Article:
I spent most of yesterday waiting for something interesting or inspiring to happen to me so I could begin my blog journey. Fireworks. Or an actual fire because that would be a great story. Or anything, I was waiting for something spectacular. But that’s like sitting down and deciding you are going to write a hit song. It never happens that way. The life-changing songs just happen, they are not usually planned out and they have no regard for album deadlines or obligations. They just come to you in a magical, spiritual moment like washing the dishes and leave you spellbound.
That’s how interesting days happen too. If you are looking for a “good story” the story doesn’t seem to show up. That’s my problem; I am always looking.
I bet for most people it is the other way around though. I bet a million things happen to you a week that are profound, beautiful, funny, and completely honestly just life…but maybe you miss them. Maybe you are not looking for the story. I often wonder if the people in my own stories even know they are in a story or if it is just another part of life that washes over them one day and is forgotten the next? Life seems to be made up of little unspectacular moments that go unnoticed, but when really examined, they are the cornerstones of smiles and beauty and joy.
Come to think of it, that’s the story of Jesus. Nothing spectacular. Born in a barn, a run for his life as a baby, a carpenter by career, a bunch of unsophisticated friends, a criminal’s death, you get the picture. As unspectacular as it all was, his life built, and built, and added up to the most beautiful person we have ever seen. Nothing too dramatic like being a king, or having a military coo; he wasn’t part of the elite, well-traveled, rich; he wasn’t even terribly well-liked. But we still talk about this man 2,000 years later. So I guess unspectacular is not all that bad.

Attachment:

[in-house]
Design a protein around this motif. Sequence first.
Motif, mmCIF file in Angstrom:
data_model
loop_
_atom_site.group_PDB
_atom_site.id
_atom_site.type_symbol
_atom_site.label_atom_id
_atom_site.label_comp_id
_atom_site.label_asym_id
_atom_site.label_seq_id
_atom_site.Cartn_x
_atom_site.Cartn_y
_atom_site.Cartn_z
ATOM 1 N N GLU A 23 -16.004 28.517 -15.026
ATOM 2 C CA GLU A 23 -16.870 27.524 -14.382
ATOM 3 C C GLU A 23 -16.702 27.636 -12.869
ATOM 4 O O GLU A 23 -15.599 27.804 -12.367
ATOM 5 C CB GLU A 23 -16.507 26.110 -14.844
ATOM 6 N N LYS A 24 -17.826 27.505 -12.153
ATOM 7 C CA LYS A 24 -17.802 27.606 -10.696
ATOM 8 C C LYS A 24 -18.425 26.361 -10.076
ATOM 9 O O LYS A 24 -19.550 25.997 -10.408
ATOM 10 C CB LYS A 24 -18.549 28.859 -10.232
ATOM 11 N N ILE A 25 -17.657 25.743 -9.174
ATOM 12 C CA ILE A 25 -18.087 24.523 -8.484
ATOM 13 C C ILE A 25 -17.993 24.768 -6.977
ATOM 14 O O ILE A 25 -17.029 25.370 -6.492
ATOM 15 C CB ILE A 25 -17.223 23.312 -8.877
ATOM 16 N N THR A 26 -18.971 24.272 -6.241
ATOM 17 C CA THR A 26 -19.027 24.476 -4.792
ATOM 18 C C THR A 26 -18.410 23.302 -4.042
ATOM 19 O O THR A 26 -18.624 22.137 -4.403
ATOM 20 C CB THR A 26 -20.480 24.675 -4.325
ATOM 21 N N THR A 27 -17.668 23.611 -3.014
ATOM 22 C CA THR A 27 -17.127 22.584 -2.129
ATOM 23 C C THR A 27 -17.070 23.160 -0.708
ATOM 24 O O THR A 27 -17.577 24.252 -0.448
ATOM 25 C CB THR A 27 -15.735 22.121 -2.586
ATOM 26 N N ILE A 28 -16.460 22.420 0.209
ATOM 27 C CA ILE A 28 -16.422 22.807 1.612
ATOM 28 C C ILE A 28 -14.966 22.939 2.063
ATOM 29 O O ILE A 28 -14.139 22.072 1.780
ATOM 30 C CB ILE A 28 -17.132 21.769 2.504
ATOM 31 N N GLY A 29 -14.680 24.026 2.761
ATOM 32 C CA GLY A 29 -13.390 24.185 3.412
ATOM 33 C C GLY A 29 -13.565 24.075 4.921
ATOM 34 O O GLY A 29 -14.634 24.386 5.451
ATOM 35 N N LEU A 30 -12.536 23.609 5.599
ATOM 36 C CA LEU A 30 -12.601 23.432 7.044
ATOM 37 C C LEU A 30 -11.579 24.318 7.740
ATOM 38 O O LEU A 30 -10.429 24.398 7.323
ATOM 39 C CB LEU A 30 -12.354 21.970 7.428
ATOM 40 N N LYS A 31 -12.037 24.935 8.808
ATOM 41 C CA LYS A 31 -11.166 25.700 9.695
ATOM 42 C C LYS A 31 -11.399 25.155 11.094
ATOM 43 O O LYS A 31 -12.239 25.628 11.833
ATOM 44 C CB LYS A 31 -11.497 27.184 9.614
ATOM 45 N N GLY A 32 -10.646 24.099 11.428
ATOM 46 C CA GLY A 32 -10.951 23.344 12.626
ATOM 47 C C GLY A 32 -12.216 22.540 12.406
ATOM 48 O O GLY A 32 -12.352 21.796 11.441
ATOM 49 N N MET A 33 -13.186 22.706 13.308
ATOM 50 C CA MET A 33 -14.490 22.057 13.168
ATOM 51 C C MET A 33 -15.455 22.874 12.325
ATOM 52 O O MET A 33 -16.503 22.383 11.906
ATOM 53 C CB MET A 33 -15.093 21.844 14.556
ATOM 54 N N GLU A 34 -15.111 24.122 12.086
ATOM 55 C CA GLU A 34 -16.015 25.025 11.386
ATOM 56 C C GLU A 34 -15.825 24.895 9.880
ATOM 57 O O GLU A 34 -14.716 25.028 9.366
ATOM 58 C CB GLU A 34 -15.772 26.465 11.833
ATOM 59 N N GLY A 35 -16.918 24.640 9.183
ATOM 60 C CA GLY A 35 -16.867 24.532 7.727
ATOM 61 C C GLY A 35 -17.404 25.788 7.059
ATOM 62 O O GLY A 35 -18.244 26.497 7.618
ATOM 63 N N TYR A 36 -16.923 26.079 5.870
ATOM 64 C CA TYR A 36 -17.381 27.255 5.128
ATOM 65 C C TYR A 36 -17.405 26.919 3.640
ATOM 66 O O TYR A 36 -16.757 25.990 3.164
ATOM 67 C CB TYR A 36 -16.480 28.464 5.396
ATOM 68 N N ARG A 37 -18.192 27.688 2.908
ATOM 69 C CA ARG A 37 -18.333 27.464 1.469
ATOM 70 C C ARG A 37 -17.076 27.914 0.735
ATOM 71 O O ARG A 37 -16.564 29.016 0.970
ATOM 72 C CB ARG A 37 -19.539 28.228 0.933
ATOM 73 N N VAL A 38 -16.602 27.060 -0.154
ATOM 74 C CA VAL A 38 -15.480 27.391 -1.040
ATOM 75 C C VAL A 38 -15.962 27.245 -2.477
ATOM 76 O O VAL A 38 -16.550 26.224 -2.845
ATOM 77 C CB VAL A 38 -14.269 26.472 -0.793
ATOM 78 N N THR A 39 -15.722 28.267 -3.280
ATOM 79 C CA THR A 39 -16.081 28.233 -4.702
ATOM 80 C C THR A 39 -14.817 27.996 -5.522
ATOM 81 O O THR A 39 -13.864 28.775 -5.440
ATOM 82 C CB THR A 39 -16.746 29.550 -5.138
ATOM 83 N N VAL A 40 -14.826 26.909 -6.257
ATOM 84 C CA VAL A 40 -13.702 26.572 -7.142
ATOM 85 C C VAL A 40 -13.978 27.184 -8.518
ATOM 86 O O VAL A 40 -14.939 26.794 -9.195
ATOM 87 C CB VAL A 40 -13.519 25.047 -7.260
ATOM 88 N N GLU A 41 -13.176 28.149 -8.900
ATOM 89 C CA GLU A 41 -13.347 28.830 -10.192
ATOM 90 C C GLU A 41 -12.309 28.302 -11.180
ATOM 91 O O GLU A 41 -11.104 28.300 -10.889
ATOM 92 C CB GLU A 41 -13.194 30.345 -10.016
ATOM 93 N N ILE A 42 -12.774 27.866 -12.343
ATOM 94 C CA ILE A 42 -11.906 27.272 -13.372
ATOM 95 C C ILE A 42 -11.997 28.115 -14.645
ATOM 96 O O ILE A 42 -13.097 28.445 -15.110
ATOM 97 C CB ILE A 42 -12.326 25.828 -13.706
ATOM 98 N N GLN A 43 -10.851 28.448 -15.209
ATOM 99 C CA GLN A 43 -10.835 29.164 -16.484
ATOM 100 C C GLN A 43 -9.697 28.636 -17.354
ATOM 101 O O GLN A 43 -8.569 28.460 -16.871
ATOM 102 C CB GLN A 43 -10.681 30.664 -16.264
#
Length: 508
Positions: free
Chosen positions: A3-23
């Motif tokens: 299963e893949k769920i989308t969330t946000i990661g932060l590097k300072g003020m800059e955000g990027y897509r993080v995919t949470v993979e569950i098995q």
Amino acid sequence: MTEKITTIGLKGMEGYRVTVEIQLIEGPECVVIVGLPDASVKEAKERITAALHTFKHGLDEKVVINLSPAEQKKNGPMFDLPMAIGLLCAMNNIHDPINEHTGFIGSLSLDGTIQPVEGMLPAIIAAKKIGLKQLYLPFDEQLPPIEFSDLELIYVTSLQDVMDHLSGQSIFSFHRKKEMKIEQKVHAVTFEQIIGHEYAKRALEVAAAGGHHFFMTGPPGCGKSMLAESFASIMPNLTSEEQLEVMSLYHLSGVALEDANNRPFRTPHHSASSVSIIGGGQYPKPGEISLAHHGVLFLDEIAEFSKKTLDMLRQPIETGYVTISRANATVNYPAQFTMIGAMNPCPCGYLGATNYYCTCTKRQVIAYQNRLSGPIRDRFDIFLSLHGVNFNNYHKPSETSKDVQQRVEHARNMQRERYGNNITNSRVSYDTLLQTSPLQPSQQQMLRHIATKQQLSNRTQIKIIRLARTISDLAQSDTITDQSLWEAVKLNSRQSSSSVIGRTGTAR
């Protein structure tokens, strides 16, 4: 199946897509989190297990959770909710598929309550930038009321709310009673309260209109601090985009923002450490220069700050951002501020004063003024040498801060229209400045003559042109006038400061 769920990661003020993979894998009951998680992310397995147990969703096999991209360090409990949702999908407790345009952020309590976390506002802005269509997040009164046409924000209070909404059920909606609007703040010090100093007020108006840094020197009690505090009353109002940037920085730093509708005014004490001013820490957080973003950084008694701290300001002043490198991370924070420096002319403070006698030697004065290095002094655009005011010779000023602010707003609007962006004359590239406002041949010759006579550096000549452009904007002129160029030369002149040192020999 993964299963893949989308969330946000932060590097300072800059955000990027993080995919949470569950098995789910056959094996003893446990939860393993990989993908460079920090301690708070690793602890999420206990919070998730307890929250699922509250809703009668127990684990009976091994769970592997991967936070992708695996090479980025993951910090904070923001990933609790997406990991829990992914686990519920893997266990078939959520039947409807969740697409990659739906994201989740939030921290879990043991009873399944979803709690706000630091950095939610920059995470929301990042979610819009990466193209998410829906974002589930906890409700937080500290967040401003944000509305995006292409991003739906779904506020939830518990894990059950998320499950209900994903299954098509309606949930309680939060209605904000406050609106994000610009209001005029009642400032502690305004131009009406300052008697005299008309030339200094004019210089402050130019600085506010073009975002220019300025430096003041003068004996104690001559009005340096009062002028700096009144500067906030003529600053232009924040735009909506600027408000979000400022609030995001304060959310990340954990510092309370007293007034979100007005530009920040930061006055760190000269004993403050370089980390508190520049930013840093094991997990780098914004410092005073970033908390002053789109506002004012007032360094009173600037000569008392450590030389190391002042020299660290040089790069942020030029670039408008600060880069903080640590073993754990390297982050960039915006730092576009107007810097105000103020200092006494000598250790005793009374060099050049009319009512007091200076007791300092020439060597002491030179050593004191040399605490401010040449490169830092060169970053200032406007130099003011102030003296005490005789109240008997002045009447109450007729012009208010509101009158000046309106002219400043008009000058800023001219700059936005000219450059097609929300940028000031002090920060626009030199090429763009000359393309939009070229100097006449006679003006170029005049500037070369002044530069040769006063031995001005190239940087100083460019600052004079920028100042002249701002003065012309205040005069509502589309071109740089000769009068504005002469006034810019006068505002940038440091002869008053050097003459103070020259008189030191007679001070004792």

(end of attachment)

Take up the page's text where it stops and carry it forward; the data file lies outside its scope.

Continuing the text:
That was my day yesterday. Unspectacular Saturday. The night before we played in Van Alystyne, Texas for a show apart from the tour. Home-cooked dinner by the Methodist women. A few hundred kids. And no blazing moments of glory (besides the fact that after the show we went downstairs to find that the 100 year old building had begun to cave in as we played and 400 kids jumped. The ceiling was caving in. You will see it on the next podcast. That scared me a bit). Just a normal, relaxed night with incredibly nice people and a good show.
Yesterday was the same. I mean, what can I say? We drove for a few hours. I took a nap in the conference center. Learned how to play a new card game. Met some great people in Conway, Arkansas. And got incredibly bored and decided to curl my hair. The most exciting part of the day was eating too much Mexican food before the show and promptly running a little seven-year-old girl over as I ran off stage to throw it up afterwords.
It’s funny to me that my prayer for this tour has been rest and consistency and after a day like yesterday I am now praying for a fire. How easily I get bored. God gives me what I ask for, time to rest, and I am insulted that it so very unspectacular.
I am such a conundrum.
Praying that you start this week off looking for the simple, beautiful moments…
your friend searching for something spectacular, like a fire,